Compare any two graphics cards:
GeForce GTX 470 vs Radeon HD 6570 (OEM) 2GB
IntroThe GeForce GTX 470 has a GPU clock speed of 607 MHz, and the 1280 MB of GDDR5 memory is set to run at 837 MHz through a 320-bit bus. It also features 448 SPUs, 56 Texture Address Units, and 40 ROPs.
Compare those specifications to the Radeon HD 6570 (OEM) 2GB, which has clock speeds of 650 MHz on the GPU, and 1000 MHz on the 1024 MB of GDDR5 RAM. It features 480 SPUs as well as 24 Texture Address Units and 8 Rasterization Operator Units.
(No game benchmarks for this combination yet.)
Power Usage and Theoretical Benchmarks
Power Consumption (Max TDP)
Theoretically speaking, the GeForce GTX 470 will be 109% faster than the Radeon HD 6570 (OEM) 2GB in general, because of its greater bandwidth. (explain)
Texel RateThe GeForce GTX 470 should be much (about 118%) better at AF than the Radeon HD 6570 (OEM) 2GB. (explain)
Pixel RateThe GeForce GTX 470 should be quite a bit (about 367%) more effective at FSAA than the Radeon HD 6570 (OEM) 2GB, and also will be able to handle higher screen resolutions without losing too much performance. (explain)
Please note that the above 'benchmarks' are all just theoretical - the results were calculated based on the card's specifications, and real-world performance may (and probably will) vary at least a bit.
Please note that the price comparisons are based on search keywords - sometimes it might show cards with very similar names that are not exactly the same as the one chosen in the comparison. We do try to filter out the wrong results as best we can, though.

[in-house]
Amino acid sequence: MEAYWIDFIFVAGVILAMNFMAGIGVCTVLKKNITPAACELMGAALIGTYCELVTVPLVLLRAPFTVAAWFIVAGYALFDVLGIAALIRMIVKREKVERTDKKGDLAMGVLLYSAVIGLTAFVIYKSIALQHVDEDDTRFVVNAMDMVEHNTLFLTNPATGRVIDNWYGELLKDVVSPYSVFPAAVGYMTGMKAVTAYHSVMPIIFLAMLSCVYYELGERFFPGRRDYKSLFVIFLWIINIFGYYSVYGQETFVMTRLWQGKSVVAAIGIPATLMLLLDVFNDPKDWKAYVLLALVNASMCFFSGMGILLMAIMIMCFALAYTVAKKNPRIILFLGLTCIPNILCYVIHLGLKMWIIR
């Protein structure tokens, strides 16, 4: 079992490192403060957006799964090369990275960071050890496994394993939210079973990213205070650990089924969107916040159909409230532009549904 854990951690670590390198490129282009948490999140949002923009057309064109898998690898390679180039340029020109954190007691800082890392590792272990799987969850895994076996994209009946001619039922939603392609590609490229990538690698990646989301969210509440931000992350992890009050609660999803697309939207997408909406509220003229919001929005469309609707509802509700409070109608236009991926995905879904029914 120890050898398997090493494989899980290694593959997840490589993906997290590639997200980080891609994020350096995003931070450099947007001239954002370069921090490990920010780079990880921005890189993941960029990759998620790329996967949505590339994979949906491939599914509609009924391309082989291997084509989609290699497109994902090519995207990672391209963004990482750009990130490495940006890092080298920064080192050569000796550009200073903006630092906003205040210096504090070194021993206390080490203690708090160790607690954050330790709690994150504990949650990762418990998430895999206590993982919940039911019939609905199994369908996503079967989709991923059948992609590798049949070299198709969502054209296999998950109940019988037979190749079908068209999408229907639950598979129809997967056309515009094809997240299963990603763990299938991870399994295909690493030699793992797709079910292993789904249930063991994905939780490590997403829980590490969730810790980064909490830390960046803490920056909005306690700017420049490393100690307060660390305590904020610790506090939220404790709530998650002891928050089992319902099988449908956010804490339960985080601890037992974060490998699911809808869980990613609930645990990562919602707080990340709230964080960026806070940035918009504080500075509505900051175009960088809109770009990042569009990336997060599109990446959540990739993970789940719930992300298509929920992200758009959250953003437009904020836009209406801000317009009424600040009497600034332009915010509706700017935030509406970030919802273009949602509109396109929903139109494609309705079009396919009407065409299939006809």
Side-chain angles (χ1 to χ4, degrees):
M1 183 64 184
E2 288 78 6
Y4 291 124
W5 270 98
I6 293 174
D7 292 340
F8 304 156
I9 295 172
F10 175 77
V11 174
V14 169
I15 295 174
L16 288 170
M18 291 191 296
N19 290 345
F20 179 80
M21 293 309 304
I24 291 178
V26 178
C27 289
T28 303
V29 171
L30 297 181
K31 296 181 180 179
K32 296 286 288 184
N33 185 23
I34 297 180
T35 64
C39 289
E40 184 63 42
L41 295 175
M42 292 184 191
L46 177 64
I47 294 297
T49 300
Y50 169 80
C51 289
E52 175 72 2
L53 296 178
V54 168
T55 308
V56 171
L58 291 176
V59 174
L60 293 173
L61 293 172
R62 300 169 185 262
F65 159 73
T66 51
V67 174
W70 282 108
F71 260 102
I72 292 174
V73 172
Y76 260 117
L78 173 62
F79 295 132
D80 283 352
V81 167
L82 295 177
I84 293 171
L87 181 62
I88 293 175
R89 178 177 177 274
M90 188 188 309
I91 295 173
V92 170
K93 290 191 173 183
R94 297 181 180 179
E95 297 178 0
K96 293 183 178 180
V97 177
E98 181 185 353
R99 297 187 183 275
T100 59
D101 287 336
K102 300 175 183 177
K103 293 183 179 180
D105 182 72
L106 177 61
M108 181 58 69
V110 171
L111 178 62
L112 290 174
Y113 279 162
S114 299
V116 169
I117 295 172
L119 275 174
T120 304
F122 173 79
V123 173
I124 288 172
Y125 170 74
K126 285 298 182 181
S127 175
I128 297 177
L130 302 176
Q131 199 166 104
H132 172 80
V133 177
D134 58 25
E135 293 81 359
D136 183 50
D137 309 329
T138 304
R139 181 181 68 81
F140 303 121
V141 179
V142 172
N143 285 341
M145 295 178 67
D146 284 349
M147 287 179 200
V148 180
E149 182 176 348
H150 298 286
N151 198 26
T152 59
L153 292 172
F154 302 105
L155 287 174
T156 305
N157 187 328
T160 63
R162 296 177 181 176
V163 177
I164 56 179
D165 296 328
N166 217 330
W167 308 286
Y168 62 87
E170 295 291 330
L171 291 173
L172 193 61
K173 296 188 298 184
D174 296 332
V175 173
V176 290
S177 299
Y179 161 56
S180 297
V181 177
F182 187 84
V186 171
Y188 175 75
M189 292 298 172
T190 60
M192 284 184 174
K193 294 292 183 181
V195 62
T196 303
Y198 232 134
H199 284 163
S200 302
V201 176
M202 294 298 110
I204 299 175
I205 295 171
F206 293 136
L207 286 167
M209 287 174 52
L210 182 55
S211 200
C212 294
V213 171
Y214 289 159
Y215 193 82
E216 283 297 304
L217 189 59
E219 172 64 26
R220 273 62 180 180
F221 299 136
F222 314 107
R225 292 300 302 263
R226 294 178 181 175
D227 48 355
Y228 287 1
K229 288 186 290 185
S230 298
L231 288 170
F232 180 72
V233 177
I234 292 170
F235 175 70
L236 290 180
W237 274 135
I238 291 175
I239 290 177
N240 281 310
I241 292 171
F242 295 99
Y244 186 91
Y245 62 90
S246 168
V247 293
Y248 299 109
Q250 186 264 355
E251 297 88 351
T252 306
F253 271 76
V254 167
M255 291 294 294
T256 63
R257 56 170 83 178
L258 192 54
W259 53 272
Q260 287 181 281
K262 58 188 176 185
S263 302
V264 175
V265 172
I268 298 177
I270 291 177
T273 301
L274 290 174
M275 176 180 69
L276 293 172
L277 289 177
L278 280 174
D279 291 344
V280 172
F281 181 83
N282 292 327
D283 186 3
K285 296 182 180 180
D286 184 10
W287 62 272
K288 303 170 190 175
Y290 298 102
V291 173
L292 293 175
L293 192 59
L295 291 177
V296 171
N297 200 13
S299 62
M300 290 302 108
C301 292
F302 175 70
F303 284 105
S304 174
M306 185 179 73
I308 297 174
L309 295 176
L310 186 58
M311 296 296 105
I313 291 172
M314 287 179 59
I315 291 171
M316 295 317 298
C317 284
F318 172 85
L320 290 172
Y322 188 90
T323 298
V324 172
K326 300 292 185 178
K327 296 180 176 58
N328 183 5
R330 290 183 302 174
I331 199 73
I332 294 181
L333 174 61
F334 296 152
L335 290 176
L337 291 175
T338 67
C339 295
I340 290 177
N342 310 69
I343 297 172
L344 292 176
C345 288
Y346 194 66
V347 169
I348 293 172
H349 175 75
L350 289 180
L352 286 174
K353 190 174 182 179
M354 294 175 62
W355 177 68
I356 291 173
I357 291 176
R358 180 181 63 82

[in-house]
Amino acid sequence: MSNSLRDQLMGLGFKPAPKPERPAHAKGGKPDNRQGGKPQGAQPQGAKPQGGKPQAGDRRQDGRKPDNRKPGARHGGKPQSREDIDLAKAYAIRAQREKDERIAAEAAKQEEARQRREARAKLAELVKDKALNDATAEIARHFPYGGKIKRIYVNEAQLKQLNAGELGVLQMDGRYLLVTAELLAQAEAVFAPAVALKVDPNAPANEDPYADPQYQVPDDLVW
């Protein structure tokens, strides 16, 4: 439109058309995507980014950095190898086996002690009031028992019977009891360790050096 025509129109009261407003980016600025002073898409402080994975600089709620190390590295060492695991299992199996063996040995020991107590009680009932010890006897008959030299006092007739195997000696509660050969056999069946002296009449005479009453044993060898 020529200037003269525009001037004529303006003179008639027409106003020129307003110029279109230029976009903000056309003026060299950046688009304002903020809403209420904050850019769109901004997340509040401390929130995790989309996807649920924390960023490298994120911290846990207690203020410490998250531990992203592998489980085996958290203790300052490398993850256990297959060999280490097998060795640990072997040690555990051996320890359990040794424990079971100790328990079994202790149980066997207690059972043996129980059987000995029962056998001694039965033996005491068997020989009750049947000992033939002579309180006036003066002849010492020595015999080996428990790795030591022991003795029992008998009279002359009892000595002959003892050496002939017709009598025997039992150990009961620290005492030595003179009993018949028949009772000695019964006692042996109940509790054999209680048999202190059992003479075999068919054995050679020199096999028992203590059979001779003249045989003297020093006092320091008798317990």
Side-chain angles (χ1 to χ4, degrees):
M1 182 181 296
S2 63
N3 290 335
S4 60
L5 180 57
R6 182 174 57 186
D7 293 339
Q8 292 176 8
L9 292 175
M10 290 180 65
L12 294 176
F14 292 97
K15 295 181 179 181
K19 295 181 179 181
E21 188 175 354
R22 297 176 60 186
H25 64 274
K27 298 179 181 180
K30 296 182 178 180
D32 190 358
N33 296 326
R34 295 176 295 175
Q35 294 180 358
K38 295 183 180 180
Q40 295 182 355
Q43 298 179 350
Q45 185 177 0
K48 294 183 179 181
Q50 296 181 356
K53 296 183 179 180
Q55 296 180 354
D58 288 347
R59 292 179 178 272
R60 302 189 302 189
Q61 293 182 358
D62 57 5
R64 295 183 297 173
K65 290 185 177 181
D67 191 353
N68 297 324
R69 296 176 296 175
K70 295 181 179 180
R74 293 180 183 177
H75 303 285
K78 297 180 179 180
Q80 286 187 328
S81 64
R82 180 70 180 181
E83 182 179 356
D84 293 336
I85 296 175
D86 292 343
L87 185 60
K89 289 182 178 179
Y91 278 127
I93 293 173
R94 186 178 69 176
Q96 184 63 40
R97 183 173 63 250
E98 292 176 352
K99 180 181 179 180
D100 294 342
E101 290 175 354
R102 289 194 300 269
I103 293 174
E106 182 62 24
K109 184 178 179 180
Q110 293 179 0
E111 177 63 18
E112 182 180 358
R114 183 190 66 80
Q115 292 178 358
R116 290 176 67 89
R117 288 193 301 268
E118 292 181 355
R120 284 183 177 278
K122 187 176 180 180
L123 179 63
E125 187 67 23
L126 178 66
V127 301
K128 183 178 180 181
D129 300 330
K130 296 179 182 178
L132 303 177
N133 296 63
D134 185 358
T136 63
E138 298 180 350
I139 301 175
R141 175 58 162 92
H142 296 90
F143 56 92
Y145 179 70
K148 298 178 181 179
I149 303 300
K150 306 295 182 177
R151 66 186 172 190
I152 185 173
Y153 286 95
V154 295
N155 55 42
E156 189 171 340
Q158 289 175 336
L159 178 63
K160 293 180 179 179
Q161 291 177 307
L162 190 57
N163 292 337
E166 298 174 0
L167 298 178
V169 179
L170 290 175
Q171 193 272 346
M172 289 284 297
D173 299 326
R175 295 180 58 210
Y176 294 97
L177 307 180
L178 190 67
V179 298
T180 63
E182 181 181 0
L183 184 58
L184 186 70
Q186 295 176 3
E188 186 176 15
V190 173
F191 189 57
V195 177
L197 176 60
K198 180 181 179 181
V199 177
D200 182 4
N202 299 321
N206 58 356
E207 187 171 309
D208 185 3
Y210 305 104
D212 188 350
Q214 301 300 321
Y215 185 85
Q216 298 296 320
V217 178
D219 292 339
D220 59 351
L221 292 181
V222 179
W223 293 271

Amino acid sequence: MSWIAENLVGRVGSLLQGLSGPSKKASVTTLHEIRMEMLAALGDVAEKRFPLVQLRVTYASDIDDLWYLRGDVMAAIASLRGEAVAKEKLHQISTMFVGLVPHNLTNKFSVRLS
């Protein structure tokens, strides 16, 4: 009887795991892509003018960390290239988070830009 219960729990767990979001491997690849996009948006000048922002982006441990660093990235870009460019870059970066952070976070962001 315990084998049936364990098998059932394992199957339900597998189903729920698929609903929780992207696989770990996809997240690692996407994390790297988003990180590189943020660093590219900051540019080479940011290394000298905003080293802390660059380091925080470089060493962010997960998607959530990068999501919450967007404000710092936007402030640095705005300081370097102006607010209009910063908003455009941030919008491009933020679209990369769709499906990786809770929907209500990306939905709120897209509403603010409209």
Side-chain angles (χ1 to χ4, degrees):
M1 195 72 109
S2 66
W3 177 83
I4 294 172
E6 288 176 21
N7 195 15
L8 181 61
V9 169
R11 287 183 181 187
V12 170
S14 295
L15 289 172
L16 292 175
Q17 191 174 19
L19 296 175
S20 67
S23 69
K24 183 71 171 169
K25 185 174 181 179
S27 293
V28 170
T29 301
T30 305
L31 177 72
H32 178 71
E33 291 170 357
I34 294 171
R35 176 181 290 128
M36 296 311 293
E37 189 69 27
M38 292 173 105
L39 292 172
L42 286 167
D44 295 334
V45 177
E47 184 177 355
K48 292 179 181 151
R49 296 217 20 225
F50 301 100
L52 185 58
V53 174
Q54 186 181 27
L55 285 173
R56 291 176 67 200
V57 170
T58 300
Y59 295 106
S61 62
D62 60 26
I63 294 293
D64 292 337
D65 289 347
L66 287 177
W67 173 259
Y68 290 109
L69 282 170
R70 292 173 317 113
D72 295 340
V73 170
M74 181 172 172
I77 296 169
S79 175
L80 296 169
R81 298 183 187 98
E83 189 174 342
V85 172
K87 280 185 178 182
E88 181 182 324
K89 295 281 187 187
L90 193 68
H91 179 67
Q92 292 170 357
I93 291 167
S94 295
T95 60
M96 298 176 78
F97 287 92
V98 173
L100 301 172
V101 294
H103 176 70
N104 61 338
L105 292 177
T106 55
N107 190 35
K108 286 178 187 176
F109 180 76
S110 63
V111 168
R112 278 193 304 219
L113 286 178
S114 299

Memory Bandwidth: Memory bandwidth is the largest amount of information (in units of megabytes per second) that can be transported across the external memory interface in a second. It is worked out by multiplying the interface width by its memory speed. If the card has DDR type memory, it must be multiplied by 2 again. If DDR5, multiply by ANOTHER 2x. The better the memory bandwidth, the faster the card will be in general. It especially helps with anti-aliasing, HDR and higher screen resolutions.
Texel Rate: Texel rate is the maximum amount of texture map elements (texels) that can be processed per second. This figure is calculated by multiplying the total amount of texture units by the core speed of the chip. The higher this number, the better the card will be at texture filtering (anisotropic filtering - AF). It is measured in millions of texels processed per second.
Pixel Rate: Pixel rate is the maximum amount of pixels that the graphics card could possibly record to its local memory per second - measured in millions of pixels per second. Pixel rate is worked out by multiplying the number of colour ROPs by the the core clock speed. ROPs (Raster Operations Pipelines - also called Render Output Units) are responsible for drawing the pixels (image) on the screen. The actual pixel output rate also depends on lots of other factors, especially the memory bandwidth of the card - the lower the memory bandwidth is, the lower the ability to get to the maximum fill rate.